In the early years of our marriage, the holidays used to throw a wrench in our financial plans.
We’d spend the majority of the year being diligent budgeters and ignoring our desires to take lavish vacations, spend heavily on meals or buy the newest gadget. And then November would roll around. Once the holiday-themed marketing campaigns started, we would be bombarded with messages that we needed more stuff and the fact that we already had one didn’t matter. Sure, we already had a toaster, but now they make them with Wi-Fi.
The enthusiasm we shared about our financial plan would get replaced with the thrill of lots of little life upgrades. Every January, we would find ourselves with a large credit card balance and would have to adjust our goals to make up for it. Finally we turned to our community of financially independent friends for advice, and they understood our dilemma. Most importantly, they assured us that it was in fact possible to have an incredible holiday while still sticking to a financial plan.
They asked a question that changed the way we thought about our budget forever, even beyond the holidays: “What percent of your spending comes from upgrading a perfectly fine thing that you already have?”
We couldn’t answer the question specifically, but we knew it was a majority because that’s how consumerism works.
The term lifestyle inflation or lifestyle creep is used whenever spending gradually rises over time. We’re not here to tell you that you should never buy the newer version of anything. As income goes up, it’s natural to want to treat yourself to something more than what you have, but we’ve noticed that this is where a lot of people get stuck on their financial journey. If you’re like us and holidays are a slippery slope for you, here are a few suggestions to avoid falling in the upgrade trap this season.
Start with a Percentage
Audit your spending and answer the same question that was asked of us. As much as we love nice things, we made faster progress toward our financial goals when we realized that those little upgrades are not just one-time expenses. They add up and increase our overall cost of living.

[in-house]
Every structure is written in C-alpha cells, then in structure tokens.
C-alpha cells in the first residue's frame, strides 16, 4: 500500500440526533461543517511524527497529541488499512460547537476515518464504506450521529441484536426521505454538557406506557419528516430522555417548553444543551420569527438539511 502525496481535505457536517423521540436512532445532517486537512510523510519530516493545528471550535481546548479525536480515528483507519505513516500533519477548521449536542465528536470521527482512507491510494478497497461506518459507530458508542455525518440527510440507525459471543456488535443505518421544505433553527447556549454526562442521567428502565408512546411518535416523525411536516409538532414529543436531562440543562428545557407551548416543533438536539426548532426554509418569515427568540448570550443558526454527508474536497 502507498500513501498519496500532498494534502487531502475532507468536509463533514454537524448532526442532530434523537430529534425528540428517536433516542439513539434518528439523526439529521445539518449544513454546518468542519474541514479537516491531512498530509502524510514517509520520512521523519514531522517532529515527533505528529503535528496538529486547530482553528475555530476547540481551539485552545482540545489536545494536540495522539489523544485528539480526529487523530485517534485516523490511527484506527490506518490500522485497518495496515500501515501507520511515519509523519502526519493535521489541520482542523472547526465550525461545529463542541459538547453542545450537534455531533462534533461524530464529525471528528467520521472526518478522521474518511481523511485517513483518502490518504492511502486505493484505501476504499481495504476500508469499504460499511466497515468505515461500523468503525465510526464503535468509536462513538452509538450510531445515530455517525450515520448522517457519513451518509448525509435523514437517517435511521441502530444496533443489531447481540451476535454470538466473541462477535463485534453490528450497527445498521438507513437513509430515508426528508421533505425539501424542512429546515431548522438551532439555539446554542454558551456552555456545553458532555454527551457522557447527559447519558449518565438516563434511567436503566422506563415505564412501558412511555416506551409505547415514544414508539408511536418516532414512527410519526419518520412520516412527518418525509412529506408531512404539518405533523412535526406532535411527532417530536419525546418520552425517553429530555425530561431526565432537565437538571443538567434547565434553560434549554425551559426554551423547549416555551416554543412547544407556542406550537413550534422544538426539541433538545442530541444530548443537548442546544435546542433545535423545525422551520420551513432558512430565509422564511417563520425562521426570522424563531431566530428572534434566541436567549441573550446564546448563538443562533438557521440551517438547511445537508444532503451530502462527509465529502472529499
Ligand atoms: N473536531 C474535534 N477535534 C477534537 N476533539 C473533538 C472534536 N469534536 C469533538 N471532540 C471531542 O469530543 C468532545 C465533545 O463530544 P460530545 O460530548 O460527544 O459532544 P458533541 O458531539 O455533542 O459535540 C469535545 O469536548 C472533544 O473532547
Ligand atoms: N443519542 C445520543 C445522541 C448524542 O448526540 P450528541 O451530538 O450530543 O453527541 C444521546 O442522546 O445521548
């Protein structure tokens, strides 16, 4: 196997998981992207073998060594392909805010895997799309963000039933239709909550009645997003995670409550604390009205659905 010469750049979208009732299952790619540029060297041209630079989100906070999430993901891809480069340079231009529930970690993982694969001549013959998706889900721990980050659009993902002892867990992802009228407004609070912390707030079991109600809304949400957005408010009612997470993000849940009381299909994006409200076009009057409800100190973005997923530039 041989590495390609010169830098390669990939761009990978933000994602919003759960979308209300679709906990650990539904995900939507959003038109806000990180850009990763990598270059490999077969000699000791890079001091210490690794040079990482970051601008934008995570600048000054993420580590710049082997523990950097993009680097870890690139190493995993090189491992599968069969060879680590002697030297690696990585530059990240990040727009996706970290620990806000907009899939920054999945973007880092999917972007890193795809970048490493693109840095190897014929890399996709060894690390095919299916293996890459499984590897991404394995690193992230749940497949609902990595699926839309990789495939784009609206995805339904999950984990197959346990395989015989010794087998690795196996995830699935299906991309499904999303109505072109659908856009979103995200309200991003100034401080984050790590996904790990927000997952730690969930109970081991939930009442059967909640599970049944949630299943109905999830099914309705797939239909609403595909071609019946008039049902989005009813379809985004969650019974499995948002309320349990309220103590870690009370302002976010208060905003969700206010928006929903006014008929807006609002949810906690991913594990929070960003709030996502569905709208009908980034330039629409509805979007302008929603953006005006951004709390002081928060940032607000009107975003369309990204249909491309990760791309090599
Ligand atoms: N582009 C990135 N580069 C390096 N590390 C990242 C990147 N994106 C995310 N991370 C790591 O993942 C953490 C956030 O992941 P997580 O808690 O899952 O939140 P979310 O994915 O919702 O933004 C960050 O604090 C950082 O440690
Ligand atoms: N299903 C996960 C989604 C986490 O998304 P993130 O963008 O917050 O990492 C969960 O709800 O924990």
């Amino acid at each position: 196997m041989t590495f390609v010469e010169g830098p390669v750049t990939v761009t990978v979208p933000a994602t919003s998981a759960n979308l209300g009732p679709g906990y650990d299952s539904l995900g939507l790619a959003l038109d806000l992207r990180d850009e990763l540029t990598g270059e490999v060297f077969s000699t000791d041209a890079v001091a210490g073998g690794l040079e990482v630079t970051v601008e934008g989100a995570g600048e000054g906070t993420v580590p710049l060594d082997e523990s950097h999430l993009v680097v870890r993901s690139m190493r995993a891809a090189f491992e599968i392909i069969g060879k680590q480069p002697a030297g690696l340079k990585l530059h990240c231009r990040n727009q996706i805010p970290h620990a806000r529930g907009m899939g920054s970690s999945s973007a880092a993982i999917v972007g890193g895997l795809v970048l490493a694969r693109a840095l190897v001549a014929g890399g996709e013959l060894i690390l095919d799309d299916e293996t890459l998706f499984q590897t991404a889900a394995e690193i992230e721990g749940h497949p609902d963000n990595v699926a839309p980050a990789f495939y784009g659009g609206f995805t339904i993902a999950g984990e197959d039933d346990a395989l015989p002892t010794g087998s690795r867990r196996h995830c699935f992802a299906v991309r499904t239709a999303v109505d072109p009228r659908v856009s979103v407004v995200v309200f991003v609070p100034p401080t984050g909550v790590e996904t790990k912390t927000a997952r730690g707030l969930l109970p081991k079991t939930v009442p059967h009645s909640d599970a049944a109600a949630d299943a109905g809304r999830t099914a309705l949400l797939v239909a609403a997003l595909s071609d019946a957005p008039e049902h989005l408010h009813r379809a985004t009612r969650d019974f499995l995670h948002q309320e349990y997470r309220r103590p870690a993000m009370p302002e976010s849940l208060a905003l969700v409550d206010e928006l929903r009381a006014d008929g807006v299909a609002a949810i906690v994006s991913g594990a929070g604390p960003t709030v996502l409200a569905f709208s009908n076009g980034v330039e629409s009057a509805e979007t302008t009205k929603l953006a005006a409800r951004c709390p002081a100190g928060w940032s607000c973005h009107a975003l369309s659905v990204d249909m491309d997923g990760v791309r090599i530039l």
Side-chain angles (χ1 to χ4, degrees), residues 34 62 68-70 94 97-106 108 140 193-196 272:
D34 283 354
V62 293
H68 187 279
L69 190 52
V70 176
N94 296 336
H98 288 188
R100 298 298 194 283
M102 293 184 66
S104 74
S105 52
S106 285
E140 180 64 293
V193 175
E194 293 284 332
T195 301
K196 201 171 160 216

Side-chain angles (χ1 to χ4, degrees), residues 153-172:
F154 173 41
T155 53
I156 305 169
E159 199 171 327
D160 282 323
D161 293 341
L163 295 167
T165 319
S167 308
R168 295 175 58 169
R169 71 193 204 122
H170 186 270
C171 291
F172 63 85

When we just focus on the cost of something, it’s easy to spin those numbers and convince yourself that you can always afford it. But when you think about your consumption in terms of percentages, you can really see the way constant upgrades impact your financial goals.
Create a Joy Scale
A joy scale is a personal rating system that encourages you to track how much joy came from an item or experience you purchased. It’s completely subjective.
Reflecting on what you’ve already purchased is one of the most effective ways to rein in your spending. Once a month, we go through our transactions line-by-line and measure joy on a scale of 1 to 5, then we take it a step further and ask ourselves what it would take for something to rank higher. This exercise not only helped us prioritize our budget categories, but it also cemented our philosophy to splurge on items we touch every day like sheets, towels, coffee and hand soap because daily doses of delight rank high in our house.
Create a Happiness List
A happiness list is exactly what it sounds like. Unlike the joy scale, which is reflecting on past transactions, a happiness list looks beyond the places where money is exchanged. It has become a reference point that we use to ensure we’re building the life we want in the short term and the long term.
We used to be skeptical when people suggested that the best things in life were free, but keeping this list updated has proved otherwise. Not only has it taught us how to be more mindful and grateful for the things that we already have, but it’s encouraged us to build a much richer life with the things we value at the forefront. As much as we love unboxing the latest contraption, when we take the time to write down the things that make us happy, somehow gadgets never appear anywhere near the top.
This article originally appeared in the November/December 2021 Issue of SUCCESS magazine. Photo by @chloeboulos/Twenty20Internet Explorer Channel Network